HashMap- It is an unordered collection of key-value pairs that allows quick access to values based on their keys. However, the order of elements is not guaranteed.

  • Set

MutableSet- The mutable Set supports read and write functionality. It allows us to add or remove elements from the collections easily and preserves the order of the elements. 

HashSet- It is an unordered collection of unique elements that don’t allow duplicate elements. In HashSet, the order of elements is not guaranteed.

Kotlin Collection Extension Functions

Kotlin provides a rich set of extensions for working with collections. These extension functions allow you to perform various operations on collections in a concise and expressive manner. 

Here are some commonly used Kotlin collection extension functions:

  • map: 

Transforms each element in the collection and returns a new collection with the transformed elements.

val numbers = listOf(1, 2, 3, 4, 5)
val squaredNumbers = numbers.map { it * it }
// squaredNumbers contains [1, 4, 9, 16, 25]
  • filter: 

Returns a new collection containing only the elements that satisfy a given condition.

val numbers = listOf(1, 2, 3, 4, 5)
val evenNumbers = numbers.filter { it % 2 == 0 }
// evenNumbers contains [2, 4]
  • reduce: 

Applies a binary operation to elements in the collection, accumulating a result.

val numbers = listOf(1, 2, 3, 4, 5)
val sum = numbers.reduce { acc, num -> acc + num }
// sum is 15
  • forEach: 

Iterates through the collection, applying a given function to each element.

val colors = listOf("red", "green", "blue")
colors.forEach { color ->
    println("Color: $color")
  • groupBy: 

Groups elements in the collection by a specified key or condition, returning a map.

val words = listOf("apple", "banana", "cherry", "date", "elderberry")
val byFirstLetter = words.groupBy { it[0] }
// byFirstLetter is a map with keys "a" and "b," each mapping to a list of words.
  • zip: 

Combines two collections into pairs and returns a list of pairs.

val numbers = listOf(1, 2, 3)
val words = listOf("one", "two", "three")
val pairs = numbers.zip(words)
// pairs contains [(1, "one"), (2, "two"), (3, "three")]
  • find: 

Returns the first element in the collection that matches a given condition, or null if none match.

val numbers = listOf(1, 2, 3, 4, 5)
val result = numbers.find { it > 2 }
// result is 3
  • distinct: 

Returns a collection containing only distinct elements.

val numbers = listOf(1, 2, 2, 3, 3, 4, 5)
val distinctNumbers = numbers.distinct()
// distinctNumbers contains [1, 2, 3, 4, 5]

Count Kotlin Collections

In Kotlin, you can count the number of elements in a collection using the count function. The count function takes a predicate (a condition) as an optional argument and returns the count of elements in the collection that satisfy the given condition. If no predicate is provided, it simply returns the total number of elements in the collection.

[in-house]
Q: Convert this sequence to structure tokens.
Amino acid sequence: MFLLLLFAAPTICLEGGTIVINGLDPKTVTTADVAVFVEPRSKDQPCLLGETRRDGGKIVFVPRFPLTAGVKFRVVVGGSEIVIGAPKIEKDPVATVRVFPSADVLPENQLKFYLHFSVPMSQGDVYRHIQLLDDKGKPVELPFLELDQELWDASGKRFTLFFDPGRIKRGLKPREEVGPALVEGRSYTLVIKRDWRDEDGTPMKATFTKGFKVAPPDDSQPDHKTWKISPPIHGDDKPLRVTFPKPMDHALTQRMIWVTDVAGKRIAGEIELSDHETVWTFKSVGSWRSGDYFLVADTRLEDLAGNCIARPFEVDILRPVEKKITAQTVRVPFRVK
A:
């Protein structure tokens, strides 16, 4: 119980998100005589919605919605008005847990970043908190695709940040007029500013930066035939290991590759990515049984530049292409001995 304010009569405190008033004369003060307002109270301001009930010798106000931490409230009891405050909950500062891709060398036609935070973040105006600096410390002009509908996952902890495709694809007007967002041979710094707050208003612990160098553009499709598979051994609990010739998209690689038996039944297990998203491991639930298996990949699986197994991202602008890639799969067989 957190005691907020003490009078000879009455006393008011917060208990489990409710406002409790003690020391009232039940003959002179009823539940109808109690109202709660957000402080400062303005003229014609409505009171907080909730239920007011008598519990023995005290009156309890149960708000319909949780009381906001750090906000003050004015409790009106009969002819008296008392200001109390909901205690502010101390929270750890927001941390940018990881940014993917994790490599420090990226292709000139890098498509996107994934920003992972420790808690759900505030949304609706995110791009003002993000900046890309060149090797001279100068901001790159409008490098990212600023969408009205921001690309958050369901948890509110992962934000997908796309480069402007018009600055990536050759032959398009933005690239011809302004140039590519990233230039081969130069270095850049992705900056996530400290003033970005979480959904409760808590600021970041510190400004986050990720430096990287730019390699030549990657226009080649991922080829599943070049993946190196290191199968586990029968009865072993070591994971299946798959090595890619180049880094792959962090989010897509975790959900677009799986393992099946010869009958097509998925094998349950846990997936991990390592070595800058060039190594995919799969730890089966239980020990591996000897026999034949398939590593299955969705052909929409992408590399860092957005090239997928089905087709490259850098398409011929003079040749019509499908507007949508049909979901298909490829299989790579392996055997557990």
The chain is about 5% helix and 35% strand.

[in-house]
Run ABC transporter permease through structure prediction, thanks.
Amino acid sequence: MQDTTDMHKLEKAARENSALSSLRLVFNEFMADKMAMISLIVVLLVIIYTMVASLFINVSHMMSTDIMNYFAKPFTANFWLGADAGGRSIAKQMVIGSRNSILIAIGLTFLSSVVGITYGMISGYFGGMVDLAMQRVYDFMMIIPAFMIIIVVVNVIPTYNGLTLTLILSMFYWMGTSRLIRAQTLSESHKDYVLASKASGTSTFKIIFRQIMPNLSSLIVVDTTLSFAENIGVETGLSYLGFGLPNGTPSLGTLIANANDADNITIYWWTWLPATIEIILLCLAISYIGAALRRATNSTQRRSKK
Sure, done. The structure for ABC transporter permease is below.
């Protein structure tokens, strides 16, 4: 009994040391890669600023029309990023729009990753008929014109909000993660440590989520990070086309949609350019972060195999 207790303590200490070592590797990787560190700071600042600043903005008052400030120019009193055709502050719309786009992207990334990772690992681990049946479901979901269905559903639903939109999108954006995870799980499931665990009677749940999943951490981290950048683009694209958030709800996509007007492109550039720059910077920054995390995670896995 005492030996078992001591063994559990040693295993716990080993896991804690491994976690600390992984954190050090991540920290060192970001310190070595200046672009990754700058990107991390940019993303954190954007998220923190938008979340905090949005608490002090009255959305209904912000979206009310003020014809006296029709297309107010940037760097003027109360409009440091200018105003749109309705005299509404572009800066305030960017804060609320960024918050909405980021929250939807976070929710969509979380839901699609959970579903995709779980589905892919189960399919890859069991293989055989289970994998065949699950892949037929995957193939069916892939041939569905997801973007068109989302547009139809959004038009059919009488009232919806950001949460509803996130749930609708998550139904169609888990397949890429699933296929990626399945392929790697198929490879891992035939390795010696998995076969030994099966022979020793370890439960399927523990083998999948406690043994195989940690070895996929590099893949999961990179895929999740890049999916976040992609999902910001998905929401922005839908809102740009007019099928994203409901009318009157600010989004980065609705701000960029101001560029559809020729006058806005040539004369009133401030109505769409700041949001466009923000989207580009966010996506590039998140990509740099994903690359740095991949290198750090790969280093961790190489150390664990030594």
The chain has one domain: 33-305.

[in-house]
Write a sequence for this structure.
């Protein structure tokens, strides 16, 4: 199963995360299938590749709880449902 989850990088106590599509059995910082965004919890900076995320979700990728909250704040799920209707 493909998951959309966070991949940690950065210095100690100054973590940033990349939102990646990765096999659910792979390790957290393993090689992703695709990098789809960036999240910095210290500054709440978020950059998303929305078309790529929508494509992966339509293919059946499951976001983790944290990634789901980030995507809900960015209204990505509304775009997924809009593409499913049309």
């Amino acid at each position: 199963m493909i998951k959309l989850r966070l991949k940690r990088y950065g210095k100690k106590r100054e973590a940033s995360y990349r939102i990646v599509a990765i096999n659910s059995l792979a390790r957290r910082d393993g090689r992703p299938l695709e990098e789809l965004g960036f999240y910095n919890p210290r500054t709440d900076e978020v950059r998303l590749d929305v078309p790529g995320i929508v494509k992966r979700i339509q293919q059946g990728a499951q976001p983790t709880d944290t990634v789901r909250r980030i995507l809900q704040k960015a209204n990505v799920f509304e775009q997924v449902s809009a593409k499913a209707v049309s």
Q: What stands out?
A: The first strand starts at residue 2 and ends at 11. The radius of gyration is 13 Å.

Here's how to use the count function:

  • Counting the Total Number of Elements:

val numbers = listOf(1, 2, 3, 4, 5, 2, 3)
val totalElements = numbers.count()
println("Total number of elements: $totalElements")  // Output: Total number of elements: 7
  • Counting Elements that Satisfy a Condition:

You can also provide a condition to count specific elements in the collection.

val numbers = listOf(1, 2, 3, 4, 5, 2, 3)
val countEven = numbers.count { it % 2 == 0 }
println("Count of even numbers: $countEven")  // Output: Count of even numbers: 3

In the second example, we used a lambda expression as the predicate to count the even numbers in the list.

Advantages of Collections in Kotlin

  • Improved Memory Management

Collections help us avoid manual memory management while enabling the Kotlin runtime to manage the memory.

  • Enhanced Code Readability

Kotlin collections provide a higher-level abstraction to work with data, making code more readable and expressive. 

  • Increased Type Safety

Collections make sure that only the correct type of elements are added to it, which increases type safety.

  • Better Efficiency

Kotlin collections allow efficient data storage and retrieval, making them a better option to store large datasets.

Disadvantages of Kotlin Collection

  • Performance Overhead

Collection involves more overhead than working with primitive data types or arrays.

  • Complexity

Collections make code more complex, especially for performing complex operations on the data.

  • Memory Usage

Based on the size and complexity of the collection, it can consume more memory than other data structures. 

Depending on the size and complexity of your collections, they can use more memory than other data structures.

Collections are a powerful tool in Kotlin, but it’s important that we use them judiciously based on the program requirements. They are best for times when we need to manage complex or large datasets or perform sophisticated operations on data.